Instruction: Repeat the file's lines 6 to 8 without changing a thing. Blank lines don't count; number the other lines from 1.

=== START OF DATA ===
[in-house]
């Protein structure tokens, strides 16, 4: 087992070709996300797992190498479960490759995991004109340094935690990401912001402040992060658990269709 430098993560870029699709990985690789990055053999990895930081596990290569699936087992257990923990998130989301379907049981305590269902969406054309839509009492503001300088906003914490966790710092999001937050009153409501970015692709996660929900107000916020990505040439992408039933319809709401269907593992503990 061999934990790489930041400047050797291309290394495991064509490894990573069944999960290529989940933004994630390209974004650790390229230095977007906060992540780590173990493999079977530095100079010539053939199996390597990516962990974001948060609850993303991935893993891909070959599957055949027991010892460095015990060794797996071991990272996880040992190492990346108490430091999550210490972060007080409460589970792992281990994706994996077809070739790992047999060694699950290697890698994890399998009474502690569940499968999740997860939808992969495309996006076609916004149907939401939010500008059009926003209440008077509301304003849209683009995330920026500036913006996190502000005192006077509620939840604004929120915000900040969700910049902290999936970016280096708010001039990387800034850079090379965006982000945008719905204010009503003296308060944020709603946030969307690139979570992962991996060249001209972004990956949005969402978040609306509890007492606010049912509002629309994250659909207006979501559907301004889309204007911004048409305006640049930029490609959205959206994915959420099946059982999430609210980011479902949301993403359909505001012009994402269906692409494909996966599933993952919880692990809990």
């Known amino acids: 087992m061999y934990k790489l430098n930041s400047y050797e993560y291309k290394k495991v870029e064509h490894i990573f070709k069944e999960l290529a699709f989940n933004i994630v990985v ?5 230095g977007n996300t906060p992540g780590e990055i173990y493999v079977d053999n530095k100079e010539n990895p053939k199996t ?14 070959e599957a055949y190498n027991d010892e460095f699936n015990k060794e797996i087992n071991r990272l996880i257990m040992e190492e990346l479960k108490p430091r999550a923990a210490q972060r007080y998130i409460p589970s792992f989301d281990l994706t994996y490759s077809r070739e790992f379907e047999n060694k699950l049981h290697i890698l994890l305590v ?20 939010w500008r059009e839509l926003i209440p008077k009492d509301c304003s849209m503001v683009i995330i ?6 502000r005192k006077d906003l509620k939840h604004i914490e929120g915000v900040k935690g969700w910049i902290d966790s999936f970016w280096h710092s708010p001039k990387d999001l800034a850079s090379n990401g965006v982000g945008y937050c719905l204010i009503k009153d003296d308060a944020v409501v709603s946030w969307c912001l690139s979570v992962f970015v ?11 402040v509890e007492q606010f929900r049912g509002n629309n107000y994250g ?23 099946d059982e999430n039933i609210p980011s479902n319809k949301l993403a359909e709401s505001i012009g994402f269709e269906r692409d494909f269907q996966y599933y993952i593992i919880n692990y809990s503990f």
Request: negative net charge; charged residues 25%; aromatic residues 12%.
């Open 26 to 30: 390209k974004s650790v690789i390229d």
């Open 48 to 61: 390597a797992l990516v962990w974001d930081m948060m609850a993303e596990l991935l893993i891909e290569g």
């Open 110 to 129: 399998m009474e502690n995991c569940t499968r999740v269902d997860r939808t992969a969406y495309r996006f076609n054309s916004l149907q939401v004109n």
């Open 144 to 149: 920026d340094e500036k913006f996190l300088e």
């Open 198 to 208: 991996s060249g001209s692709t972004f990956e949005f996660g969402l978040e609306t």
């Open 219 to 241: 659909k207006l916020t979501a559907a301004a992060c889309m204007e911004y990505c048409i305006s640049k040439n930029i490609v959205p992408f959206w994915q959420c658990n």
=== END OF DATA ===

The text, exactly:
């Open 48 to 61: 390597a797992l990516v962990w974001d930081m948060m609850a993303e596990l991935l893993i891909e290569g």
């Open 110 to 129: 399998m009474e502690n995991c569940t499968r999740v269902d997860r939808t992969a969406y495309r996006f076609n054309s916004l149907q939401v004109n």
């Open 144 to 149: 920026d340094e500036k913006f996190l300088e």